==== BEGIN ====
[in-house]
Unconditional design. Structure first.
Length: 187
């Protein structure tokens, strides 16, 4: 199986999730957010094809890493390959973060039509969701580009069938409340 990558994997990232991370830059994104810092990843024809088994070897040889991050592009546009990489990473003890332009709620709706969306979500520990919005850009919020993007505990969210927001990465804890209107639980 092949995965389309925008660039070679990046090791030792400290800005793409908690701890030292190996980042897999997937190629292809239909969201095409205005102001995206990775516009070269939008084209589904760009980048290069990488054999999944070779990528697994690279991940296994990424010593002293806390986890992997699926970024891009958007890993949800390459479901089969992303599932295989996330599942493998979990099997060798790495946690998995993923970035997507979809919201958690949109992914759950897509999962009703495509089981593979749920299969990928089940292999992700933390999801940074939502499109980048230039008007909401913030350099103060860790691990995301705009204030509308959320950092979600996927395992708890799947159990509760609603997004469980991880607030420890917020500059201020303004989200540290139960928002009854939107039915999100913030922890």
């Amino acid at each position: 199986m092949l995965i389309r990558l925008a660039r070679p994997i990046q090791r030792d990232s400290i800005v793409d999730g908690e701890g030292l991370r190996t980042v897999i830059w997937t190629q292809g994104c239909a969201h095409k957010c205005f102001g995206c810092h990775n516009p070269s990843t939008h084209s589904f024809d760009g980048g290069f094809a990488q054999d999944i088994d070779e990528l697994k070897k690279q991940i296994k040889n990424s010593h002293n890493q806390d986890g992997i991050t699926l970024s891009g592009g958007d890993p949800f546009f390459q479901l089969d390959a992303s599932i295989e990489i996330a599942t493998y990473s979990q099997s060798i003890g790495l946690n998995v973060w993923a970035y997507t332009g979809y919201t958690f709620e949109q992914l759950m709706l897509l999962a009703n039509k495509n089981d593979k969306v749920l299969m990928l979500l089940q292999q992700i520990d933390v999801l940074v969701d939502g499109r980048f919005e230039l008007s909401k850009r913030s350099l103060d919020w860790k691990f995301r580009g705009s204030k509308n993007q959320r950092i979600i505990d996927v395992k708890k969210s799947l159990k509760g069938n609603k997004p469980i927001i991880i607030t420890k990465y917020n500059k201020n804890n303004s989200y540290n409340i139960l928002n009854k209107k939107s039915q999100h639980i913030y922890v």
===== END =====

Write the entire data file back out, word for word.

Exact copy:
[in-house]
Unconditional design. Structure first.
Length: 187
């Protein structure tokens, strides 16, 4: 199986999730957010094809890493390959973060039509969701580009069938409340 990558994997990232991370830059994104810092990843024809088994070897040889991050592009546009990489990473003890332009709620709706969306979500520990919005850009919020993007505990969210927001990465804890209107639980 092949995965389309925008660039070679990046090791030792400290800005793409908690701890030292190996980042897999997937190629292809239909969201095409205005102001995206990775516009070269939008084209589904760009980048290069990488054999999944070779990528697994690279991940296994990424010593002293806390986890992997699926970024891009958007890993949800390459479901089969992303599932295989996330599942493998979990099997060798790495946690998995993923970035997507979809919201958690949109992914759950897509999962009703495509089981593979749920299969990928089940292999992700933390999801940074939502499109980048230039008007909401913030350099103060860790691990995301705009204030509308959320950092979600996927395992708890799947159990509760609603997004469980991880607030420890917020500059201020303004989200540290139960928002009854939107039915999100913030922890």
């Amino acid at each position: 199986m092949l995965i389309r990558l925008a660039r070679p994997i990046q090791r030792d990232s400290i800005v793409d999730g908690e701890g030292l991370r190996t980042v897999i830059w997937t190629q292809g994104c239909a969201h095409k957010c205005f102001g995206c810092h990775n516009p070269s990843t939008h084209s589904f024809d760009g980048g290069f094809a990488q054999d999944i088994d070779e990528l697994k070897k690279q991940i296994k040889n990424s010593h002293n890493q806390d986890g992997i991050t699926l970024s891009g592009g958007d890993p949800f546009f390459q479901l089969d390959a992303s599932i295989e990489i996330a599942t493998y990473s979990q099997s060798i003890g790495l946690n998995v973060w993923a970035y997507t332009g979809y919201t958690f709620e949109q992914l759950m709706l897509l999962a009703n039509k495509n089981d593979k969306v749920l299969m990928l979500l089940q292999q992700i520990d933390v999801l940074v969701d939502g499109r980048f919005e230039l008007s909401k850009r913030s350099l103060d919020w860790k691990f995301r580009g705009s204030k509308n993007q959320r950092i979600i505990d996927v395992k708890k969210s799947l159990k509760g069938n609603k997004p469980i927001i991880i607030t420890k990465y917020n500059k201020n804890n303004s989200y540290n409340i139960l928002n009854k209107k939107s039915q999100h639980i913030y922890v």